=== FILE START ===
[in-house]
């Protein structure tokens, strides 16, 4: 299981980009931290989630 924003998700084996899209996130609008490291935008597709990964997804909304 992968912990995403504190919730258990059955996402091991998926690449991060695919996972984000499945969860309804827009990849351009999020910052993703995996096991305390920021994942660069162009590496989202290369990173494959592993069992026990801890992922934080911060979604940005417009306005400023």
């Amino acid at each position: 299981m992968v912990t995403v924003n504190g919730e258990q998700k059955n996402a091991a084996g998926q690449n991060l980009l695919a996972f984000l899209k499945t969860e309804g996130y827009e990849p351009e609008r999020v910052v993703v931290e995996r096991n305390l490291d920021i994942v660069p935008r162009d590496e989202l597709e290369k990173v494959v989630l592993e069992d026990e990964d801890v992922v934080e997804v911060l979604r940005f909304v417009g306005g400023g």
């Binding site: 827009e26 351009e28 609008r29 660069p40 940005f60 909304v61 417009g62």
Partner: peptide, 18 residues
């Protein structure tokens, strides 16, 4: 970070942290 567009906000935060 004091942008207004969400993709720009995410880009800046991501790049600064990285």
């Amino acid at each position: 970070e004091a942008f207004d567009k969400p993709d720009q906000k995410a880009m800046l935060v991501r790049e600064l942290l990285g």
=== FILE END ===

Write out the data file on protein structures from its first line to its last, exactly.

[in-house]
């Protein structure tokens, strides 16, 4: 299981980009931290989630 924003998700084996899209996130609008490291935008597709990964997804909304 992968912990995403504190919730258990059955996402091991998926690449991060695919996972984000499945969860309804827009990849351009999020910052993703995996096991305390920021994942660069162009590496989202290369990173494959592993069992026990801890992922934080911060979604940005417009306005400023």
């Amino acid at each position: 299981m992968v912990t995403v924003n504190g919730e258990q998700k059955n996402a091991a084996g998926q690449n991060l980009l695919a996972f984000l899209k499945t969860e309804g996130y827009e990849p351009e609008r999020v910052v993703v931290e995996r096991n305390l490291d920021i994942v660069p935008r162009d590496e989202l597709e290369k990173v494959v989630l592993e069992d026990e990964d801890v992922v934080e997804v911060l979604r940005f909304v417009g306005g400023g």
């Binding site: 827009e26 351009e28 609008r29 660069p40 940005f60 909304v61 417009g62």
Partner: peptide, 18 residues
């Protein structure tokens, strides 16, 4: 970070942290 567009906000935060 004091942008207004969400993709720009995410880009800046991501790049600064990285």
């Amino acid at each position: 970070e004091a942008f207004d567009k969400p993709d720009q906000k995410a880009m800046l935060v991501r790049e600064l942290l990285g």